“A thousand pounds,” she said reluctantly.

“A thousand pounds!”

The girl was startled, she had no idea the necklace was of that value.

“That means, of course,” Mrs. Cathcart hastened to explain, “seven hundred pounds out of my pocket and three hundred pounds from the broker.”

The girl smiled inwardly. “Seven hundred pounds from my pocket” meant, “if you ask for the full value you will rob me.”

“And there is three hundred pounds due. I think I had better have that.”

“Wait a little,” said Mrs. Cathcart, “they may recover the necklace, anyway; they want me to give a description of it. What do you think?”

The girl shook her head.

“I do not think I should like that,” she said quietly. “Questions might be asked, and I should not like people to know either that the necklace was mine, or that my mother had deposited it as security against her debts.”

Here was the new Edith with a vengeance. Mrs. Cathcart stared at her.

“Edith,” she said severely, “that sounds a little impertinent.”

“I dare say it does, mother,” said the girl, “but what am I to do? What am I to say? There are the facts fairly apparent to you and to me; the necklace is stolen, and it may possibly never be recovered, and I am not going to expose either my loss or your weakness on the remote possibility of getting back an article of jewellery which probably by this time is in the meltingpot and the stones dispersed.”

“You know a great deal about jewels and jewel-robbers,” said her mother with a little sneer. “Has Gilbert been enlarging your education?”

“Curiously enough, he has,” said her daughter calmly; “we discuss many queer things.”

“You must have very pleasant evenings,” said the elder woman dryly. She rose to go, looking at her watch. “I am sorry I cannot stay,” she said, “but I am dining with some people. I suppose you would not like to come along? It is quite an informal affair; as a matter of fact, the invitation included you.”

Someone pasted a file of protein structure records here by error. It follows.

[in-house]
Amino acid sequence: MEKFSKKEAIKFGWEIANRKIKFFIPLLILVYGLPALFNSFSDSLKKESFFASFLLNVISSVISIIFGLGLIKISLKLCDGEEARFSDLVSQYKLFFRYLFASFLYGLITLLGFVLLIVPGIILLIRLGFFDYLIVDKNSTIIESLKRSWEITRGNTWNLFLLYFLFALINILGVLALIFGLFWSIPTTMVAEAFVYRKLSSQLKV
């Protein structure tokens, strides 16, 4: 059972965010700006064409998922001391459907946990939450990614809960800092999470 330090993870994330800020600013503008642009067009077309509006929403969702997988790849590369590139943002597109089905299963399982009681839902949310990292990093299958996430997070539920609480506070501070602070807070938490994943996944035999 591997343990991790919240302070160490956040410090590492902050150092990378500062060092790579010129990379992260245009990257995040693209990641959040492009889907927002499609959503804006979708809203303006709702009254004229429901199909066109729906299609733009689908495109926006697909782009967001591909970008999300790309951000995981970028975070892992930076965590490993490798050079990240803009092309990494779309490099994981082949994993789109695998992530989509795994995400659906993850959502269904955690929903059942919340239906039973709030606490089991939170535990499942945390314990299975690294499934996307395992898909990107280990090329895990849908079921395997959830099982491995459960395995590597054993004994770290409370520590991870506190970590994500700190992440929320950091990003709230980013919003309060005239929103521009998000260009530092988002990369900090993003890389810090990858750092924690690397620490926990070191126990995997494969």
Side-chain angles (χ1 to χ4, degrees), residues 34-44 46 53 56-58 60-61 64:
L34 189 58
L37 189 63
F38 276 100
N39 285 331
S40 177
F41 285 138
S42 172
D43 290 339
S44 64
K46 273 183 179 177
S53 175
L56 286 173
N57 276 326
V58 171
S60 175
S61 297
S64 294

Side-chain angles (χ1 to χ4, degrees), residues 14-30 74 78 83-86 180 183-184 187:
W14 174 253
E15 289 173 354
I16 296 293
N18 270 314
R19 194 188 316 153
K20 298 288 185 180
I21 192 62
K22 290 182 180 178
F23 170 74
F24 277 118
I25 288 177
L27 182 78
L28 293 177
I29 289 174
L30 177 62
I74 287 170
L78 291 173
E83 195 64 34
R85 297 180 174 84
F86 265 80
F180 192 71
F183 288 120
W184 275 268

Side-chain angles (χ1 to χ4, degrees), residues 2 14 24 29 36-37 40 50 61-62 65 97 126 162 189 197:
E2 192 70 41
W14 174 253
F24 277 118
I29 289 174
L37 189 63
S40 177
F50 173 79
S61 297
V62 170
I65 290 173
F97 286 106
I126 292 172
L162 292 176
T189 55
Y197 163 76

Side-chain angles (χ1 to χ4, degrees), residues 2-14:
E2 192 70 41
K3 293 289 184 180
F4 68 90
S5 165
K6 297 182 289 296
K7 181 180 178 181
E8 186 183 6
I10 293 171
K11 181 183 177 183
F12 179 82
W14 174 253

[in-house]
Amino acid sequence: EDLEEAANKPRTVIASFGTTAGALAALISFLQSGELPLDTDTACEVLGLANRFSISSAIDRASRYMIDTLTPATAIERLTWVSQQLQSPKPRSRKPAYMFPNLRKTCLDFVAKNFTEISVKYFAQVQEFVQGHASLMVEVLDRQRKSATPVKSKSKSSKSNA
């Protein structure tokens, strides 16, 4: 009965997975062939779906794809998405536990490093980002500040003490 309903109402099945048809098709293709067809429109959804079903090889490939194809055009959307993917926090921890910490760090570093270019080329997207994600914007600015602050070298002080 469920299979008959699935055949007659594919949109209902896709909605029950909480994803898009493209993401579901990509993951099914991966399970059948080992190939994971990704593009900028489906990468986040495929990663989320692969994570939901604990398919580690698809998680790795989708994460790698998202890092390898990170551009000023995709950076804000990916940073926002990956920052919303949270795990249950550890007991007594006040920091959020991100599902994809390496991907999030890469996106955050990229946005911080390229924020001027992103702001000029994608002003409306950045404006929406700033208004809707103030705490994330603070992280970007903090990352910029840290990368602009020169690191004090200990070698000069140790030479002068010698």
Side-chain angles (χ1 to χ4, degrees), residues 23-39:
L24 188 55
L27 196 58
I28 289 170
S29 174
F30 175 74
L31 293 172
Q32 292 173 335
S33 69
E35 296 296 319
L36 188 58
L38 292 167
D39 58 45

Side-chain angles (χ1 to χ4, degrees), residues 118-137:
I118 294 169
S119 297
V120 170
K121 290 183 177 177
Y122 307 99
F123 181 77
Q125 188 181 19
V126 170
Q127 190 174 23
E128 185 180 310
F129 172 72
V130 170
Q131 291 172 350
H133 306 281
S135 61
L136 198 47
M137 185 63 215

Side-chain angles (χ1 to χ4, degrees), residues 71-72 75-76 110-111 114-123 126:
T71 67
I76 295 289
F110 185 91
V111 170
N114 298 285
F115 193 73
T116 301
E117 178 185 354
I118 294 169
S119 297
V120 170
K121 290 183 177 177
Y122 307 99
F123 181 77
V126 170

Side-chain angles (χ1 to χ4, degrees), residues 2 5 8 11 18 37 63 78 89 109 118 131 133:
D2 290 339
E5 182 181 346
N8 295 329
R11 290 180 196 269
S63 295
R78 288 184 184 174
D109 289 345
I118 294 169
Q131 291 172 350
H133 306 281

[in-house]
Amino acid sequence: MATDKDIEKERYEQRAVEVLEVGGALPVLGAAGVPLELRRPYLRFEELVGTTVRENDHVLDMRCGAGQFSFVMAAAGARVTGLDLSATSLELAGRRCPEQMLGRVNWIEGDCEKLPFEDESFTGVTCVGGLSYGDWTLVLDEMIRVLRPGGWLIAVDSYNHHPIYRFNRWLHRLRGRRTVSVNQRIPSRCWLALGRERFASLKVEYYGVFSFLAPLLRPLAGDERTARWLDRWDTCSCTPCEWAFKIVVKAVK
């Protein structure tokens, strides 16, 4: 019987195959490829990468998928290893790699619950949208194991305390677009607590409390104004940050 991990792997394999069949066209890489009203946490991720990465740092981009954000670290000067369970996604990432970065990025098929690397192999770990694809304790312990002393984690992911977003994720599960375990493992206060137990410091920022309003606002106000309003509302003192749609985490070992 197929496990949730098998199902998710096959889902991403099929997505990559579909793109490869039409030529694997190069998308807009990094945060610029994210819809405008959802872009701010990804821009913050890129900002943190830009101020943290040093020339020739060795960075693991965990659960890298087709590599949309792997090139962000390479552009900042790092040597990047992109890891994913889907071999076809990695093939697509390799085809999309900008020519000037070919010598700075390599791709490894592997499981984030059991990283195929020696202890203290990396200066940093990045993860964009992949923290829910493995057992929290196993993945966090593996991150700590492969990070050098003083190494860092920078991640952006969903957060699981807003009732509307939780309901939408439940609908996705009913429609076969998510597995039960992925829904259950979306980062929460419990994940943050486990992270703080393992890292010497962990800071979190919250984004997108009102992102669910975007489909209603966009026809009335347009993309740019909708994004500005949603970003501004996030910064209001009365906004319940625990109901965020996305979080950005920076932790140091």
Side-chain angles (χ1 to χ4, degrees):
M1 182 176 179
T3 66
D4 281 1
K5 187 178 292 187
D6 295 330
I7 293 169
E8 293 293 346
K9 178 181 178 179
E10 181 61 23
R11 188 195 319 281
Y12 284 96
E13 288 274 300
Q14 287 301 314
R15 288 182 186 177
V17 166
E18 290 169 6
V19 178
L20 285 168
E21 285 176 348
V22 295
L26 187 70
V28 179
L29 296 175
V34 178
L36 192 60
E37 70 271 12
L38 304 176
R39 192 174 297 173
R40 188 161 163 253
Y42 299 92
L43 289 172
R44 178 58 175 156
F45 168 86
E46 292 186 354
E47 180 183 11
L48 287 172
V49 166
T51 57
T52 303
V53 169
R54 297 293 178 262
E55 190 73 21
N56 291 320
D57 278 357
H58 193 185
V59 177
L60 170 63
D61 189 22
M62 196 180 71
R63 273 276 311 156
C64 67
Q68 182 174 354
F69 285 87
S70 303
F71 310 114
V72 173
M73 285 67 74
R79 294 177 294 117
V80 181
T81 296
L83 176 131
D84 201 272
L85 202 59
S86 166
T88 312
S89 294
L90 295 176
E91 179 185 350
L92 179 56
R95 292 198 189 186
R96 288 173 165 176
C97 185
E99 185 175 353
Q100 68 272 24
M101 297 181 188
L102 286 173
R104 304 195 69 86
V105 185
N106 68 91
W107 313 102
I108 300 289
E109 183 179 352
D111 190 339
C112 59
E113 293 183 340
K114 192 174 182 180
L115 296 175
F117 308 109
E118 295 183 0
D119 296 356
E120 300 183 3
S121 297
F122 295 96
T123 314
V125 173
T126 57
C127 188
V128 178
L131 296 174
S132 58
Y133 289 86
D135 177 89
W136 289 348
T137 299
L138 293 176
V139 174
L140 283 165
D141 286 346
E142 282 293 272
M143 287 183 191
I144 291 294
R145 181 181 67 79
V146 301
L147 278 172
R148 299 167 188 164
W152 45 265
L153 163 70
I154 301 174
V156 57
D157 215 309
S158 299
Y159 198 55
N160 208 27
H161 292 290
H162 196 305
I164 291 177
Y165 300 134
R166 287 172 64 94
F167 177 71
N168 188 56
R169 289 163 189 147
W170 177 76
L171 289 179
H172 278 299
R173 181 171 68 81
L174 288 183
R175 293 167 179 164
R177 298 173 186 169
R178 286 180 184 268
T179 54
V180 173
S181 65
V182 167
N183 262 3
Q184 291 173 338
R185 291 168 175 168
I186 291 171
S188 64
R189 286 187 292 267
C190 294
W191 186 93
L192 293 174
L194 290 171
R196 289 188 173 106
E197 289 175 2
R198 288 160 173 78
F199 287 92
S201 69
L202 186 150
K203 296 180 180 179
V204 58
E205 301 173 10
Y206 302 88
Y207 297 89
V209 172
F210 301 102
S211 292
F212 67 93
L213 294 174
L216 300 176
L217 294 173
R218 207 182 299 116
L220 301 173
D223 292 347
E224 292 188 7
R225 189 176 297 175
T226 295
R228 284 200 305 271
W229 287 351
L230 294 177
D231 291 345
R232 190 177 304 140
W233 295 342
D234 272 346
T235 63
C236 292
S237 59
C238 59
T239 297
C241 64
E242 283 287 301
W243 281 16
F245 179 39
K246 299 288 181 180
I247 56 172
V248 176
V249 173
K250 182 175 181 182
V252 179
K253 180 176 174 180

“And Gilbert?” asked the girl.

The woman smiled.

“No, it did not exactly include Gilbert,” she said. “I have made it pretty clear that invitations to me are acceptable only so long as the party does not include your husband.”

The girl drew herself up stiffly, and the elder woman saw a storm gathering in her eyes.

“I do not quite understand you. Do you mean that you have gone round London talking unkindly about my husband?”

“Of course I have,” said Mrs. Cathcart virtuously. “I do not know about having gone round London, but I have told those people who are intimate friends of mine, and who are naturally interested in my affairs.”

“You have no right to speak,” said the girl angrily, “it is disgraceful of you. You have made your mistake, and you must abide by the consequence. I also have made a mistake, and I cheerfully accept my lot. If it hurts you that I am married to a man who despises me, how much more do you think it hurts me?”

Mrs. Cathcart laughed.

“I assure you,” she smiled, “that though many thoughts disturb my nights, the thought that your husband has no particular love for you is not one of them; what does wake me up with a horrid feeling is the knowledge that so far from being the rich man I thought he was, he is practically penniless. What madness induced him to give up his work at the Foreign Office?”

“You had better ask him,” said the girl with malice, “he will be in in a few moments.”

It needed only this to hasten Mrs. Cathcart’s departure, and Edith was left alone.


Edith dined alone that night.

At first she had welcomed with a sense of infinite relief these solitary dinners. She was a woman of considerable intelligence, and she had faced the future without illusion.

She realised that there might come a time when she and Gilbert would live together in perfect harmony, though without the essential sympathies which husband and wife should mutually possess. She was willing to undergo the years of probation, and it made it all the easier for her if business or pleasure kept them apart during the embarrassing hours between dinner and bed-time.

But to-night, for the first time, she was lonely.

She felt the need of him, the desire for his society, the cheer and the vitality of him.

There were moments when he was bright and happy and flippant, as she had known him at his best. There were other moments too, terrible and depressing moments, when she never saw him, when he shut himself in his study and she only caught a glimpse of his face by accident. She went through her dinner alternately reading and thinking.

A book lay upon the table by her side, but she did not turn one page. The maid was clearing the entrée when Edith Standerton looked up with a start.

“What is it?” she said.

“What, madam?” asked the girl.

Outside the window Edith could hear the sound of music, a gentle, soft cadence of sound, a tiny wail of melodious tragedy.

She rose from the table, walked across to the window and pulled aside the blinds. Outside a girl was playing a violin. In the light which a street lamp afforded Edith recognised the player of the “Melody in F.”